What’s in a Soundboard Crack Repair: Subsurface Scattering & Color Matching

Many people wonder about cracks in their soundboards. Mostly they don’t cause problems and more often than not, the repairs are cosmetic. This last month we repaired some soundboard cracks that had formed in a newer piano: the cracks were filled with epoxy, which is a very stable and common repair for cracks. But afterwards, there were some very noticeable color differences between the repair and the regular tone of the soundboard, so we went to work on painting the cracks to look like the surrounding wood. How hard could color matching be? Turns out, it gets complicated.
There is a similar reason that painting skin tone is such a difficult thing for painters, and it actually has less to do with color than it does with opacity vs. transparency. Our skin is not completely opaque: there are many subtle color shifts that happen because of a phenomena called “Subsurface Scattering.” It’s how light diffuses as it penetrates beyond the surface of the skin (which it does). It causes thinner areas of skin to appear more red, and thicker areas of skin more yellow, cream, or brown. It causes your lips to look naturally pinkish red. It also causes your veins to appear slightly blue. These colors shift based on the intensity and direction of light: from one angle it might look one color, and from another you might see a slightly different color. Painters solved this problem of color matching by using a series of glazes over what is called a “Grisaille” (pronounced gris as the gris in gristle, and eye). It’s a purely black and white painting that is left to dry, which is then covered in very thin films of paint mixed with a medium. You might imagine it like stacking sheets of stained glass on top of each other to make colors. Van Eyck and others around his era began using this method with oil paints, which resulted in very beautiful skin tones and quite vibrant colors.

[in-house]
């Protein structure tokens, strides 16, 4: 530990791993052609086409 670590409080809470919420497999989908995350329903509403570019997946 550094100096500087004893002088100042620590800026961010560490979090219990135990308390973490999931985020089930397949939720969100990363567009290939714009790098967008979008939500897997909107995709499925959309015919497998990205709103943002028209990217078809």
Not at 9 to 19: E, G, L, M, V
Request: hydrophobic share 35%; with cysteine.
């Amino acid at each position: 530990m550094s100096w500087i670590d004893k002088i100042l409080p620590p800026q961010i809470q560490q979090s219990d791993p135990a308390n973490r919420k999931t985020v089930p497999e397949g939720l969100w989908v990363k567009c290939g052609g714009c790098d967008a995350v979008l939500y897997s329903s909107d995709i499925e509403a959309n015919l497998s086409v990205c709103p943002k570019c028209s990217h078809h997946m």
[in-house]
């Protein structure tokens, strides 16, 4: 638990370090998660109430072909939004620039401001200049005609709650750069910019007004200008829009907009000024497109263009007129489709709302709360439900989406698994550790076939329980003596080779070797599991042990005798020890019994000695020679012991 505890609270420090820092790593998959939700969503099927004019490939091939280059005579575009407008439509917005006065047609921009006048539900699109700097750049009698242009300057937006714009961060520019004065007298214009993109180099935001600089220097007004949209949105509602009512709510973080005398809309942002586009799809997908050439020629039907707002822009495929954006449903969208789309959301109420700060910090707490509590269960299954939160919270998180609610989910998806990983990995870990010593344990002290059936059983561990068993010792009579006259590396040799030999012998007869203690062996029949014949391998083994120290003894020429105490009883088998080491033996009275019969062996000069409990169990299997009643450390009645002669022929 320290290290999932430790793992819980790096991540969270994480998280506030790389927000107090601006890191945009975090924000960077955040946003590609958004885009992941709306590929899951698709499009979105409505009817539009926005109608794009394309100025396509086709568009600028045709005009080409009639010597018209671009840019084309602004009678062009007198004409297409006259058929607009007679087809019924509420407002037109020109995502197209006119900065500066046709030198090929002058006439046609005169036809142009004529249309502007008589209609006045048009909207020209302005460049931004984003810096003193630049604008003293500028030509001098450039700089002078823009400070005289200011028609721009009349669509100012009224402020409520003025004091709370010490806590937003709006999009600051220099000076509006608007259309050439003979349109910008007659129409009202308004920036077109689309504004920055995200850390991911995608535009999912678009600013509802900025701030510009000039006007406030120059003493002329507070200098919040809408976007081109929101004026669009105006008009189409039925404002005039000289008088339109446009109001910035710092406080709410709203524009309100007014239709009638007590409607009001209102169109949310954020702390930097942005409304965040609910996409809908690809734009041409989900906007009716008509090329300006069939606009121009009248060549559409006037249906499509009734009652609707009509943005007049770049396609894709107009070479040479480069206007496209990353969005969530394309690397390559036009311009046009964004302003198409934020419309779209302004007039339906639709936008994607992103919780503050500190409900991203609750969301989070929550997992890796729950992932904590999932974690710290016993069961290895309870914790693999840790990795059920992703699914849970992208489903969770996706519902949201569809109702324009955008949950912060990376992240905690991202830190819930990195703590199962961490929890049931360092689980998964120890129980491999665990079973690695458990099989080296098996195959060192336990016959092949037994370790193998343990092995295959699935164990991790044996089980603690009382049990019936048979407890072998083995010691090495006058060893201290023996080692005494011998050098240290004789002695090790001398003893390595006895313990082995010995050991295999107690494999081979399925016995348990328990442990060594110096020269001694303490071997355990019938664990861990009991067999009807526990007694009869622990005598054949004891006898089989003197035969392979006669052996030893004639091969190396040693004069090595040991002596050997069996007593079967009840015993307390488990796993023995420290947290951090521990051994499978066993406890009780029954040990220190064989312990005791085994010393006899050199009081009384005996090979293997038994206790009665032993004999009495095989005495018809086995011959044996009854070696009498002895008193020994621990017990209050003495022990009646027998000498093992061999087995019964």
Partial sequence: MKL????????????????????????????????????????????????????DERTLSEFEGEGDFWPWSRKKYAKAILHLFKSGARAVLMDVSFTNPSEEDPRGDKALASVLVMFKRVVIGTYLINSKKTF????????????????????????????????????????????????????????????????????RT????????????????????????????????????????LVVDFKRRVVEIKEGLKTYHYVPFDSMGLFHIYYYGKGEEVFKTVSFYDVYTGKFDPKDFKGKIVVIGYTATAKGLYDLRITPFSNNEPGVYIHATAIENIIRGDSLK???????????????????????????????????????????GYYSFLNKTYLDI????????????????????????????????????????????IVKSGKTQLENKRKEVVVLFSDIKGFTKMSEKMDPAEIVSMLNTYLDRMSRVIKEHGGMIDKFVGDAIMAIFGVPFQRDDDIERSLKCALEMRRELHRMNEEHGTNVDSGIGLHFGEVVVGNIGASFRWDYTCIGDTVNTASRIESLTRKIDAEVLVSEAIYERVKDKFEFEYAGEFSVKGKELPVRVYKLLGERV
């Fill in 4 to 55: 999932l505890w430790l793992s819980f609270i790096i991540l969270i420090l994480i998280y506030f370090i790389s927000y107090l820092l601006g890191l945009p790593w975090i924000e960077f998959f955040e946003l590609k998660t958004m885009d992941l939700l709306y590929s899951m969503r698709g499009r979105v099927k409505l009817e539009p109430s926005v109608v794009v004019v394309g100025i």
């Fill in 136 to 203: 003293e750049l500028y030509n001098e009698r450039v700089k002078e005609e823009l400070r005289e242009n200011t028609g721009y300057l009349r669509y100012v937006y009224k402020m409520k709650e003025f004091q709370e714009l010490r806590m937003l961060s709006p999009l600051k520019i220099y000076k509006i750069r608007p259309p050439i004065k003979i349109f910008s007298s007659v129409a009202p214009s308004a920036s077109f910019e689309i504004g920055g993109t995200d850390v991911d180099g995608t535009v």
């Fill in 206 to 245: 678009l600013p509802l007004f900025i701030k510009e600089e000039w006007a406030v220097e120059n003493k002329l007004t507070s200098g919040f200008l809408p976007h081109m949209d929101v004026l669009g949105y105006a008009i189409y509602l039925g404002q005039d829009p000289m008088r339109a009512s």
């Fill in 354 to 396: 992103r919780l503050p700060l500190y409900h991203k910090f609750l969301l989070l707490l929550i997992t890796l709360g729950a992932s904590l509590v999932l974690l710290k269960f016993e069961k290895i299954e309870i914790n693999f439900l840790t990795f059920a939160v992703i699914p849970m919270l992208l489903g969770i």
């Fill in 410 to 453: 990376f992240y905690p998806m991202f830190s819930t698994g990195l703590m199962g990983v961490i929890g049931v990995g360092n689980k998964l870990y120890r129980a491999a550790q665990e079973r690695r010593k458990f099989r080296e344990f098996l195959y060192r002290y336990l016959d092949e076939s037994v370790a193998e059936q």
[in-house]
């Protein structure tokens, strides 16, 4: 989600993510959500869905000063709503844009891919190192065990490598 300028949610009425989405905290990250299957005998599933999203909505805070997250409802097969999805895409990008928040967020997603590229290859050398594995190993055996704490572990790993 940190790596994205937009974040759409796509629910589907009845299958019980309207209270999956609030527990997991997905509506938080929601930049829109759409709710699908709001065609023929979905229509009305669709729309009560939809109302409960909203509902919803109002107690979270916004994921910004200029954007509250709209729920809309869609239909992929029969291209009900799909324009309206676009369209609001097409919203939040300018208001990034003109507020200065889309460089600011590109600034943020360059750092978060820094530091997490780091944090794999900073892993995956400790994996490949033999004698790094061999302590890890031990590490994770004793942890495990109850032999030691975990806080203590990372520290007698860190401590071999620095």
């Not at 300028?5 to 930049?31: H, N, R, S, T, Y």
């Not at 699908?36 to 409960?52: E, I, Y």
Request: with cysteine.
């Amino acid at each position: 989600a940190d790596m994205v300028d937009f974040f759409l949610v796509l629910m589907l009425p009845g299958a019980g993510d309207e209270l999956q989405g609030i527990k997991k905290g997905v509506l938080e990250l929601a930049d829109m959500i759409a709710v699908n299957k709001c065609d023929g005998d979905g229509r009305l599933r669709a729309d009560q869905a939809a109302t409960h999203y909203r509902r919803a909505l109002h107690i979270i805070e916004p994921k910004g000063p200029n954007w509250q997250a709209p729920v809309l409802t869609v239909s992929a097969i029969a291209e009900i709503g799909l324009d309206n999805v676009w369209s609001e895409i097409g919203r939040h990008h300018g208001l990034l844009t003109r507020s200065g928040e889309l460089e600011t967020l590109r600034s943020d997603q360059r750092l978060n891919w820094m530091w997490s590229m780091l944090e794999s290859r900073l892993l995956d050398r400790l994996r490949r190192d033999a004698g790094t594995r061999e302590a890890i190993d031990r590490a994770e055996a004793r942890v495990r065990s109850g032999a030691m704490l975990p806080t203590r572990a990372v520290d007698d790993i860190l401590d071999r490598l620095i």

So how does this relate to wood and color matching? Well, we matched the color, and as soon as we sprayed the wood with a finish, the color would be drastically different. And it happens for the same reason. When sanded, light interacts differently and more opaquely with the wood than it does coated with a clear material that is transparent and allows light to penetrate deeper into the wood. To add to the frustration, from one angle, the color matched while from the other angle it did not match at all! How did we go about figuring out how to match it? We had to first paint a completely opaque layer of paint 3-4 inches wide to make it look like an entire piece of wood was the same color. After a base color was made, layers of glazes were added to match the yellow of the soundboard when coated with clear lacquer, and striations were added to match the grain of the wood.
It wasn’t perfect, but it turned out decently well. Can you find the cracks?

— Piano Technician Bryan Hutchison

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